Car Buyers Want a No-Touch Experience
Online tools and video chats challenge the new-car showroom
Forget about kicking the tires.
Most new-car buyers in the U.S. today would prefer to avoid visiting a dealership entirely, according to a KPMG survey.
New Car Buyer Habits
The poll of 2,500 adults finds that plenty of would-be customers are still eager to buy. But results suggest that 75% of these prospects favor a no-touch experience that taps online tools and video chats to handle everything from trade-ins to taking home delivery.
Here’s a surprise: Respondents who planned to purchase within six months before the pandemic began are now slightly more likely to buy.
Not so surprising: Half of those intenders say the COVID-19 scare has caused them to delay their purchase decision by three months or more.
Car Dealers Test Remote Selling
The study notes new-car showroom traffic and retail sales in the U.S fell by roughly two-thirds in March. But it has leveled off since then. KPMG suggests that’s because dealers are trying out new ways to sell to customers remotely during a period of stay-home and facility lockdown orders.
Certainly, consumer interest is there. Yes, four out of five consumers won’t buy a car without a physical test drive. And yes, nearly half of that group still wants to do so by visiting a dealership.
But almost half of respondents say they’d rather have a test vehicle brought to them. And 5% are willing to forgo the physical stuff and simply take a virtual test drive.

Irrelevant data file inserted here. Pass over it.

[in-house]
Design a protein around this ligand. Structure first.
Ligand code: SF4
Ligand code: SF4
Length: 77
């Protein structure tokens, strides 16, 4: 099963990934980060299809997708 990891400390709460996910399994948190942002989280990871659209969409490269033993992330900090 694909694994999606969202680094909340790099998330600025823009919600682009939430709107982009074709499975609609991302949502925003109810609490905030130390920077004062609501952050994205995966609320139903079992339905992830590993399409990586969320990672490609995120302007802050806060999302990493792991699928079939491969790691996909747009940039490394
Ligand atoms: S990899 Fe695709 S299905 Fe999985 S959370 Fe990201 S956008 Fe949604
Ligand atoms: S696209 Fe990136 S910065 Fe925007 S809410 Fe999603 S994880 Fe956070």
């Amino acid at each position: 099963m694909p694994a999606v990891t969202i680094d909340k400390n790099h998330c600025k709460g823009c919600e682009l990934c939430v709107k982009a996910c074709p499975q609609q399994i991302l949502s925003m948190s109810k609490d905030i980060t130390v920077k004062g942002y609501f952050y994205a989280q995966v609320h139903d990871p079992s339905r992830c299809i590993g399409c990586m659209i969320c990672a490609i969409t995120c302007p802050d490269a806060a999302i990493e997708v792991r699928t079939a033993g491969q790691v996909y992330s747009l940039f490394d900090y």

After they choose a vehicle, 75% of respondents tell KPMG they want to wrap up the paperwork and take delivery without visiting a dealership.
A yen for online processing is no passing fad, according to the report. It notes that some experts predict as many as 90% of U.S. new-car dealers will be fully e-commerce ready by the end of this year.
As lockdown restrictions lift, KPMG says consumers will be more likely than ever to expect to be able to handle most, if not all, aspects of the buying process remotely.
The next step, the study suggests, is for carmakers to integrate their own product-oriented websites with emerging dealer-level digital sales tools.
Doing so, says KPMG, could help brands capture budding demand. It might even reduce the need for the usual sales incentives typical of previous economic slumps.
I'm not talking about a plastic Revell model of a '57 Chevy, but a real vehicle, one that rolls off an assembly line in 1999 with another 99,999 just like it right behind. Is it possible, or is this just a fantasy of the marketing department at Elmer's?
During recent months, the Firestone/Ford Explorer fiasco has shaken the entire automotive industry to its core.
While the whole notion of minivans might provoke an involuntary eye roll among some people, here’s an interesting fact: so far this year, through the end of March, Chrysler delivered 31,616 Town & Country minivans, which makes it, by far, the biggest selling vehicle in the brand’s showroom.